Amherst, N.Y. — Family came first and basketball second in October, when first-year University at Buffalo coach Nate Oats immediately considered taking an indefinite leave of absence upon learning his wife had been diagnosed with cancer.
Crystal Oats would hear nothing of it.
"I definitely didn't want him not to coach because I enjoy it as much as he does," she said. "So it would've been just a downer for me."
She also realized there were therapeutic benefits to being a coach's wife in allowing her to feel a part of the team.
"I got to go to games. I got to travel a little bit, which made me feel like I was just a normal person, not somebody who had cancer," she said, attending the Bulls' NCAA Tournament selection party Sunday. "So this has helped me immensely, too."
Some four months later, Crystal Oats is progressing toward beating lymphoma. She completed her final chemotherapy treatments last week, and is scheduled to have a bone marrow transplant next month.
Things are looking up for Nate Oats, too, who as recently as three years ago was teaching math and coaching at Romulus High School in Michigan.
The Bulls overcame an offseason string of adversity to make a return trip to the NCAA Tournament by repeating as Mid-American Conference tournament champions. Buffalo (20-14) is the South Region's 14th seed, and opens against Miami (25-7) at Providence, Rhode Island, on Thursday.
The joy and relief culminated in Cleveland on Saturday night after Blake Hamilton hit a 3-point basket with 2 seconds left in Buffalo's 64-61 win over Akron.
With the team chanting her name, Crystal was the last person to climb the ladder and snip the net in the post-championship celebration.
"For us to get to the point where we could win it, and she was able to get out of the hospital that morning to get down for the game, and then to be there when we won, that was special," Nate Oats said. "I just feel like God gave us the grace to make it through."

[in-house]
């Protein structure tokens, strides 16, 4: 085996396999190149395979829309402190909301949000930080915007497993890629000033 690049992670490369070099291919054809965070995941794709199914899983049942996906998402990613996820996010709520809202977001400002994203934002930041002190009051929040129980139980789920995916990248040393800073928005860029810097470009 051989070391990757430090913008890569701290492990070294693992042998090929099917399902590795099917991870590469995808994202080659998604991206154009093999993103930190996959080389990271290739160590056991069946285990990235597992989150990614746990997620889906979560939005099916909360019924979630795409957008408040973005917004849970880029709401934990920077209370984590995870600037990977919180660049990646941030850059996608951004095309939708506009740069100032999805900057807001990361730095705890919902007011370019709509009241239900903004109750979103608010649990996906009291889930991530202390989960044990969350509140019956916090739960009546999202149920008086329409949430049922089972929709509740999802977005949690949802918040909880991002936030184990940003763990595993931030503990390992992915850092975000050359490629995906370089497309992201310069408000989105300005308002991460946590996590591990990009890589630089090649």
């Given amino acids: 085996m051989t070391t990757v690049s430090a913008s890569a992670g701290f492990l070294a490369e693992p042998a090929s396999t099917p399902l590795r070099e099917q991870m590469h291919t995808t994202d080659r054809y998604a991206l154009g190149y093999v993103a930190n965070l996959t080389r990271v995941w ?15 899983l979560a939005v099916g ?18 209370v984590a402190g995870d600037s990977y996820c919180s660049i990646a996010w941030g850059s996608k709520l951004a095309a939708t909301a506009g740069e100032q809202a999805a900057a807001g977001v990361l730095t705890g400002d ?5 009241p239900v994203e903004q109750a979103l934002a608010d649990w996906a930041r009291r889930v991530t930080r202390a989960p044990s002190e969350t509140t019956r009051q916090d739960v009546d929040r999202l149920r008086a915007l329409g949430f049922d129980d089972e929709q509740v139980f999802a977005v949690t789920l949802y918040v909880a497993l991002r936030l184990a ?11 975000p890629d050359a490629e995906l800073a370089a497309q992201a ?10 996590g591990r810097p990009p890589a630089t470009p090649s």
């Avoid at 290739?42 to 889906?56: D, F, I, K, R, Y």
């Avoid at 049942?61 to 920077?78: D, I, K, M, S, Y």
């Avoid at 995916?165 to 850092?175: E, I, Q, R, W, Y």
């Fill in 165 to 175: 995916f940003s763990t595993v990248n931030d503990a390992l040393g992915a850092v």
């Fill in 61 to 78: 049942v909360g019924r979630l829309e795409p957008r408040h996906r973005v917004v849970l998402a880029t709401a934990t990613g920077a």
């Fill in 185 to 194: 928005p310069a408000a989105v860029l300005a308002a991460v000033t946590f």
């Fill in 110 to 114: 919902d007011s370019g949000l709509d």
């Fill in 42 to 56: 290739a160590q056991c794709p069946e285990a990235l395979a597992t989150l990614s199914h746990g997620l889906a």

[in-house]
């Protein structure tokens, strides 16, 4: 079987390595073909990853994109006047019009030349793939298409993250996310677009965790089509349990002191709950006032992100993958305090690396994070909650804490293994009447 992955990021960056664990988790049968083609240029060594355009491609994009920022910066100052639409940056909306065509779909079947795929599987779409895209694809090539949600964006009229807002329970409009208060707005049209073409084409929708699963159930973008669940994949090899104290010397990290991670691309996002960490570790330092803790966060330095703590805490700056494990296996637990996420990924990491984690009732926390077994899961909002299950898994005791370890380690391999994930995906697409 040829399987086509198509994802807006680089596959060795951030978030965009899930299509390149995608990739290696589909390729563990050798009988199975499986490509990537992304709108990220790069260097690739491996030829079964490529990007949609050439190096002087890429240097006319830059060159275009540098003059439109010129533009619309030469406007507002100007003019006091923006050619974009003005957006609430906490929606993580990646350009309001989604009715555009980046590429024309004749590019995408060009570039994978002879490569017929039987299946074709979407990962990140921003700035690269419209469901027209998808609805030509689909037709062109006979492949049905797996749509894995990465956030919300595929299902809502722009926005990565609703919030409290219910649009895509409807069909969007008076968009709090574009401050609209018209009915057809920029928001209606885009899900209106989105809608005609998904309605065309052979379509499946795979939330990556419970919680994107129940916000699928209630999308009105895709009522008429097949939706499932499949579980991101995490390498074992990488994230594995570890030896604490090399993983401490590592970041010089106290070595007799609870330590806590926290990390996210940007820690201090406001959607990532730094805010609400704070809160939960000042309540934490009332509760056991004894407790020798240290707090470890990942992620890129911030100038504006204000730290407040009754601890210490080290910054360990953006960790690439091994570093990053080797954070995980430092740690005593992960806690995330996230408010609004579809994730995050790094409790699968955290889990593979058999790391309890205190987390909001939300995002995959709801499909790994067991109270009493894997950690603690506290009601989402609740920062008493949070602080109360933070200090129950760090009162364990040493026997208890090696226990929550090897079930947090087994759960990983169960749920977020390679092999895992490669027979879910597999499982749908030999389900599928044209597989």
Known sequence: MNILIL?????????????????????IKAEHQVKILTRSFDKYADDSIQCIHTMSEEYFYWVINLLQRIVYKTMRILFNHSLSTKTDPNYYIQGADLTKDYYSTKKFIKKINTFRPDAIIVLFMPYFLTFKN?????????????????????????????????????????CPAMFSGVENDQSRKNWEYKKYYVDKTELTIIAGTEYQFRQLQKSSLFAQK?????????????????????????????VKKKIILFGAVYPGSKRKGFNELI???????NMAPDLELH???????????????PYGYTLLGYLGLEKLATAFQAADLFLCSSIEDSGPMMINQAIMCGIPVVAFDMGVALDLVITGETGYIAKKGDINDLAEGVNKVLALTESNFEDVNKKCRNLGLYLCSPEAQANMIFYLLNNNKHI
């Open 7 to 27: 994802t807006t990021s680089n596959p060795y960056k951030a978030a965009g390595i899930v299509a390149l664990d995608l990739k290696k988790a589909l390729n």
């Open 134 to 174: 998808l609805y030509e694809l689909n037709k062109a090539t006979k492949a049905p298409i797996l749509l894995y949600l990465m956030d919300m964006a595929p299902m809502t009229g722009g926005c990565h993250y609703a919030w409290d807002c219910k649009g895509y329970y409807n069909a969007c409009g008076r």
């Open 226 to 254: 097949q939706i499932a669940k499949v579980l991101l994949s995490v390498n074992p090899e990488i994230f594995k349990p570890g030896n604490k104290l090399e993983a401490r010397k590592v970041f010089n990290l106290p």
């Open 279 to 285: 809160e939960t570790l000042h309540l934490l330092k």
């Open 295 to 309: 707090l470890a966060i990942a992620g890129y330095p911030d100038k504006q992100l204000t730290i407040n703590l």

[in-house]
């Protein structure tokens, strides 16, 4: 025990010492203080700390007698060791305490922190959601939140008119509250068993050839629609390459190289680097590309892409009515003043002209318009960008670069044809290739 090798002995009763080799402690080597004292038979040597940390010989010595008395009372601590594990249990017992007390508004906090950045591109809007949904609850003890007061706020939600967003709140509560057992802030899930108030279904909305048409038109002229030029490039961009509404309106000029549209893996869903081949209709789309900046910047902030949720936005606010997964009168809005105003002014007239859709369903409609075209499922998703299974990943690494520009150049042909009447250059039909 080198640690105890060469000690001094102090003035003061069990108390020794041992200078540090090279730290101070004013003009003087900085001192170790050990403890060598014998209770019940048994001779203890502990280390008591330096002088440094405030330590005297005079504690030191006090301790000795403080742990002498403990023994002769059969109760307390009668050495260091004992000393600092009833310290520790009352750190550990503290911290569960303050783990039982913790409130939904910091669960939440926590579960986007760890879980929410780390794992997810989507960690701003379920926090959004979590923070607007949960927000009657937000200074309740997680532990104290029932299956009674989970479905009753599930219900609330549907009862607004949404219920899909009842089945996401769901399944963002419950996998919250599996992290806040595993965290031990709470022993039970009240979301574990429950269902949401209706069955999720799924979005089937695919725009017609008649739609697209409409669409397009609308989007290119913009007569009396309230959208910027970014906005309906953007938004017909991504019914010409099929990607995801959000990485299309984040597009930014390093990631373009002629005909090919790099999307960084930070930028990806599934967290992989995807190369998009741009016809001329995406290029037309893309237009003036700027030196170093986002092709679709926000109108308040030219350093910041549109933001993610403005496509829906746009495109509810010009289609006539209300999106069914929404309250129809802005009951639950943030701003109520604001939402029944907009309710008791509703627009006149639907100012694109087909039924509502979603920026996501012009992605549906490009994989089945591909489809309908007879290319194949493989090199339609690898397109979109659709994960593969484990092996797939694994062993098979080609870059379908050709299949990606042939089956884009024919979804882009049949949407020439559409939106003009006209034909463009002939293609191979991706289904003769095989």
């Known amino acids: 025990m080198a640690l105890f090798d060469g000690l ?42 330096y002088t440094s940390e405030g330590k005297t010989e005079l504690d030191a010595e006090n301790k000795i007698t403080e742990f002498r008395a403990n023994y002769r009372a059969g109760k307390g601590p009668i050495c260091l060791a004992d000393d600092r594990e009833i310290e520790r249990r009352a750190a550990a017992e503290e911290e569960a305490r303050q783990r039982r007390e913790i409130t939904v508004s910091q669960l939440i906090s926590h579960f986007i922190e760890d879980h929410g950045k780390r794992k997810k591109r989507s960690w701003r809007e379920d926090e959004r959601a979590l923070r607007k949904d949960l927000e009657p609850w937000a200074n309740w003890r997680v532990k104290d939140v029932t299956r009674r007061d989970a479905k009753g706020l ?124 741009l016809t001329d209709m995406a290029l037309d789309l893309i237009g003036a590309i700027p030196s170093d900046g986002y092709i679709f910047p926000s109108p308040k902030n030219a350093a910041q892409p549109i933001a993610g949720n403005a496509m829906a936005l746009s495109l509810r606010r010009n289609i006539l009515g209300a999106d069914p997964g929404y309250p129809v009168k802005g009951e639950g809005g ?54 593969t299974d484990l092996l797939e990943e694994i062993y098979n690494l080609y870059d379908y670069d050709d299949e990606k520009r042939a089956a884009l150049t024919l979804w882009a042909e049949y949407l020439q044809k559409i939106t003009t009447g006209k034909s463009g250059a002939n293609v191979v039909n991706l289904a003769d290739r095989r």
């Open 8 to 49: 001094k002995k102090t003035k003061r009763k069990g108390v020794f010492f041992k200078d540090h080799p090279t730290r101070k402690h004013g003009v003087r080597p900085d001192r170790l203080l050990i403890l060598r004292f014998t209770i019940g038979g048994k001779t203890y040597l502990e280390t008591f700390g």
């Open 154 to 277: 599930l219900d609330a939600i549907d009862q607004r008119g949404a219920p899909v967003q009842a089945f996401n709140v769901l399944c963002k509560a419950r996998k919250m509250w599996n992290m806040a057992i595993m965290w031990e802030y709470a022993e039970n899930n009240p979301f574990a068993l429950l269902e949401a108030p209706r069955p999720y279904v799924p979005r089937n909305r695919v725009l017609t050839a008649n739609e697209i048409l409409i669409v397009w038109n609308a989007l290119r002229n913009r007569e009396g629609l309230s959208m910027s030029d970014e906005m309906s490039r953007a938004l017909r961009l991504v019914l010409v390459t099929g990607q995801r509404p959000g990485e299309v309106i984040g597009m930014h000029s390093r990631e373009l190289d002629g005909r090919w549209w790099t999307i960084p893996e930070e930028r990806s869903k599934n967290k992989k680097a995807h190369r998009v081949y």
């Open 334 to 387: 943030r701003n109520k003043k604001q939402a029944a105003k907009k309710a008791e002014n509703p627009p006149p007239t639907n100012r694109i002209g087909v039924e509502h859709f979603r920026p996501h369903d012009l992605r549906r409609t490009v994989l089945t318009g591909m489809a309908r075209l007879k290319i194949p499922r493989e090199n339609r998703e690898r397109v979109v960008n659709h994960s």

It has been a challenging year for Oats both on and off the court since the Bulls assistant was promoted in April to take over for Bobby Hurley, who left Buffalo to accept a job at Arizona State.
In departing after leading Buffalo to its first NCAA Tournament berth, Hurley also lured star guard Shannon Evans with him. In August, Buffalo sustained another huge loss when forward Justin Moss, the returning MAC player of the year, was kicked out of school for stealing $650 out of a dorm room.
Oats had no choice but to roll with the punches.
"You've got to have a positive attitude. So you go in and keep selling them on what we can look like," Oats recalled in what he told his players the day after Moss was kicked out. "I was like, 'Here my deal: Our goal is to make the NCAA Tournament. I'm not changing our goals.'"
Oats laughed when asked if he even believed himself at the time.
"I believed we could, but I don't know if I actually firmly believed it was going to happen," he said.
Without Moss, Oats shifted his approach emphasizing depth and teamwork. The model peaked with Buffalo rebounding from a 2-5 end-of-season skid to win four consecutive conference tournament games.
Relying on defense, the Bulls have four players averaging double-digits in scoring per game, led by sophomore guard Lamonte Bearden (13.6 points). Meanwhile, nine players are averaging 16 minutes of playing time.
"It just shows you how tough our team is mentally," Hamilton said. "A lot of people didn't believe in us at the beginning of the year. We just wanted to prove people wrong."
Athletic director Allen Greene directs the credit to Oats, who had won a state title at Romulus, but had never coached at the Division I level before joining Hurley's staff two years ago.
"He's a rock. He hasn't missed a beat," Greene said. "I told somebody, I joked with them, saying, 'If Nate's this good of a coach while having to deal with all this stuff, I wonder how great he's going to be when he can just focus on basketball.'"
The best part is seeing Crystal Oats uplifted by the team's success.
"Winning is the best cure," Greene said. "And that's figurative and literal."